The novel opens with the arrival at her lodging-house of Jenny Bunn, a young, exotically beautiful and provincial Northern woman who has moved to a London commuter town to take up her first post as a schoolteacher. Jenny has rented a room in the home of a middle-aged couple, Dick and Martha Thompson. Dick Thompson, apparently some sort of an auctioneer, is a typical Amis "stooge": "And how was it that he was an auctioneer...? And why did the rims of his glasses not go all the way around the lenses? Perhaps time would show". His wife, Martha is bored, cynical, and openly suspicious of attractive young Jenny. The Thompsons have another lodger, Anna, who is apparently from France and who appears to Jenny to exhibit extremely foreign behaviour. Almost immediately, Jenny meets Patrick Standish, an acquaintance of the Thompsons, who is just as immediately attracted to her. Patrick takes Jenny on a date to what seems to her to be a very upmarket and fashionable Italian restaurant, but which Amis makes clear is a classless suburban pseudo-Italianate place. Impressed, Jenny lets Patrick take her back to the house he shares with Graham, an unattractive Scottish schoolmaster. Heavy petting ensues: Patrick assumes that Jenny will sleep with him, but she rebuffs him and explains her viewpoint on sex: she is a virgin, she intends to remain that way until she is married. The rest of the novel concerns itself with Patrick's attempts to seduce Jenny, and his struggles with sexual fidelity; and with Jenny's attempts to fend off his attentions and those of many others, who all too readily assume that, because of her youth and beauty, she is ready to jump into bed with them. Eventually, Patrick gives Jenny an ultimatum: either she goes to bed with him, or the relationship is over. Jenny finds herself unable to comply, and the couple part. However, at a rather alcoholic party given by the flashy and dubious Julian Ormerod (occupation unclear), Patrick takes advantage of a very drunken and defenceless Jenny in a guest bedroom. At first furious and upset, Jenny tells Patrick she never wants to see him again, but she quickly decides to accept what she believes is her fate, and late the same day, the couple reunite: "She knew more or less what their future would be like, and how different it would be from what she had hoped, but she felt now that there had been something selfish in that hope...She must learn to take the rough with the smooth, just like everybody else".


Amis's style, in common with that of other mid-twentieth century writers, but in contrast to that of writers like James, Woolf and Joyce, has been described as "neo-realist". Rabinovitz writes of these neo-realist writers that:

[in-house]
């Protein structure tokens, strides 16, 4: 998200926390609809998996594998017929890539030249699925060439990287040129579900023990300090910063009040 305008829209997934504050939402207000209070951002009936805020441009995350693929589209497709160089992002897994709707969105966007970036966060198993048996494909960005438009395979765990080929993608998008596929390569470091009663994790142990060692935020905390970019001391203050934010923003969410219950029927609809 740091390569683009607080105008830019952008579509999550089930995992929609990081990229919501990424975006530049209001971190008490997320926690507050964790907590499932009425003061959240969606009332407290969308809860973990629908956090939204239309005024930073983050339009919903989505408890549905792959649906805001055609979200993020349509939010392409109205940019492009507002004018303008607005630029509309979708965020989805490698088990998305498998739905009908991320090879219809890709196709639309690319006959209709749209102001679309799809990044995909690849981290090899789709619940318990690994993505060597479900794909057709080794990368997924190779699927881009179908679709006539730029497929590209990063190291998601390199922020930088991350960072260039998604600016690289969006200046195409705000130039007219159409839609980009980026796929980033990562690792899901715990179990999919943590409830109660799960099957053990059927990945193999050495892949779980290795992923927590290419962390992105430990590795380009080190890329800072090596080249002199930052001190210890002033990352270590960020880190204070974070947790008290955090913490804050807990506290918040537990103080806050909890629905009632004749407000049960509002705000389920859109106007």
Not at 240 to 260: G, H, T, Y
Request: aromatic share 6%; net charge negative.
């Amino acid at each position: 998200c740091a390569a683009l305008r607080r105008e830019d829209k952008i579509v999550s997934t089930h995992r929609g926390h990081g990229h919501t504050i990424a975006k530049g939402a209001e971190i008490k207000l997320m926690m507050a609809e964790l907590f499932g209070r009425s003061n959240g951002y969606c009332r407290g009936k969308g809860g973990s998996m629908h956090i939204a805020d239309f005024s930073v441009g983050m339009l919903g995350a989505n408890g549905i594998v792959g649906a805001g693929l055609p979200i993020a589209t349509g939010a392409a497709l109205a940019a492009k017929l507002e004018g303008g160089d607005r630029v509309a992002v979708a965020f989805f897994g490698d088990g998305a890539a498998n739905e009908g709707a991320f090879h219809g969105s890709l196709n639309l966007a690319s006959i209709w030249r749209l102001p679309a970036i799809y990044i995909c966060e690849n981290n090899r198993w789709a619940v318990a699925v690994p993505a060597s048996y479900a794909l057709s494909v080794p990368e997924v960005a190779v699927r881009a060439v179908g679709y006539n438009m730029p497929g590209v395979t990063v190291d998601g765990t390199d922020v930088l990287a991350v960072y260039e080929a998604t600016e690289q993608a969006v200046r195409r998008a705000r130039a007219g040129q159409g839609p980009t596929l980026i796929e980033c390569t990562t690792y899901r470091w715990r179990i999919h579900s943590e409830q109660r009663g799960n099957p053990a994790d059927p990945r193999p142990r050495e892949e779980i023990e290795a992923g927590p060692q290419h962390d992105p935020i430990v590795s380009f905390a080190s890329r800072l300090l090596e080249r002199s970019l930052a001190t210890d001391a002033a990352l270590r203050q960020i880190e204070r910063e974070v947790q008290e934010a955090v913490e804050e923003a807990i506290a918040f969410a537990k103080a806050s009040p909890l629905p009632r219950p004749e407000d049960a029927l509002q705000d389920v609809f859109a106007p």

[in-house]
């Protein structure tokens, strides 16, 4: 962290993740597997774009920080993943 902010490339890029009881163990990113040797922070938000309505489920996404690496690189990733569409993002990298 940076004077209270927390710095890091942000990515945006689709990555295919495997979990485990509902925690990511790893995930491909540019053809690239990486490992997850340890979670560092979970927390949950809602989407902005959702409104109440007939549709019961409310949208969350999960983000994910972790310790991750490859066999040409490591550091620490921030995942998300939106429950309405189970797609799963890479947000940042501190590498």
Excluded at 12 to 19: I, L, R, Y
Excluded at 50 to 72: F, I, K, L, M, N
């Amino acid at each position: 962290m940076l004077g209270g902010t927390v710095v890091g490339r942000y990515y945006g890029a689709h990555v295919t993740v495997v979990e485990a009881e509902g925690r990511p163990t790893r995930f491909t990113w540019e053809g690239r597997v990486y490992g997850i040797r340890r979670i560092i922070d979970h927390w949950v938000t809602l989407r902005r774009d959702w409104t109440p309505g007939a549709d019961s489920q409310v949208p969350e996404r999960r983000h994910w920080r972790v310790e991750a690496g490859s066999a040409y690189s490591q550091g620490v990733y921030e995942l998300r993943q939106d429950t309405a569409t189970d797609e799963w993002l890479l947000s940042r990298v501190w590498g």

Their styles are plain, their time-sequences are chronological, and they make no use of myth, symbol or stream-of-consciousness inner narratives.
In order to bring the world of the novel as close as possible to the physical world of the reader, Amis takes great care to describe in great detail, in what appear to be a series of entirely incidental details, physical details: the minutia of the lodging house, for example, are meticulously (and humorously) described [. Rubin Rabinovitz, The Reaction Against Experimentation in the English Novel, 1950-1960, p. 9.]
[The kitchen] door had another little brass knocker on it, this time representing a religious-looking person on a donkey. The room was a long narrow one that ended with a further door and a large, oblong, buff-coloured stove. A medium-sized woman with reddish hair and a purple dress was doing something to the stove but stopped when they came in.
The plot of "Take A Girl Like You" also follows traditional realistic conventions and has been compared to the plot of Samuel Richardson's Clarissa, published in 1748. Like Jenny Bunn, Richardson's Clarissa is young, beautiful and virtuous, and attempts to defend her virginity whilst providing an opportunity for the next assault. [Rubin Rabinovitz, The Reaction Against Experimentation in the English Novel, 1950-1960, pp. 43-4]


It was made into a 1970 film. Directed by Jonathan Miller. Adapted by George Melly. Starring Hayley Mills, Oliver Reed, Sheila Hancock and Penelope Keith.



* Farce and Society: The Range of Kingsley Amis, R. B. Parker, Wisconsin Studies in Contemporary Literature, Vol. 2, No. 3 (Autumn, 1961), pp. 27-38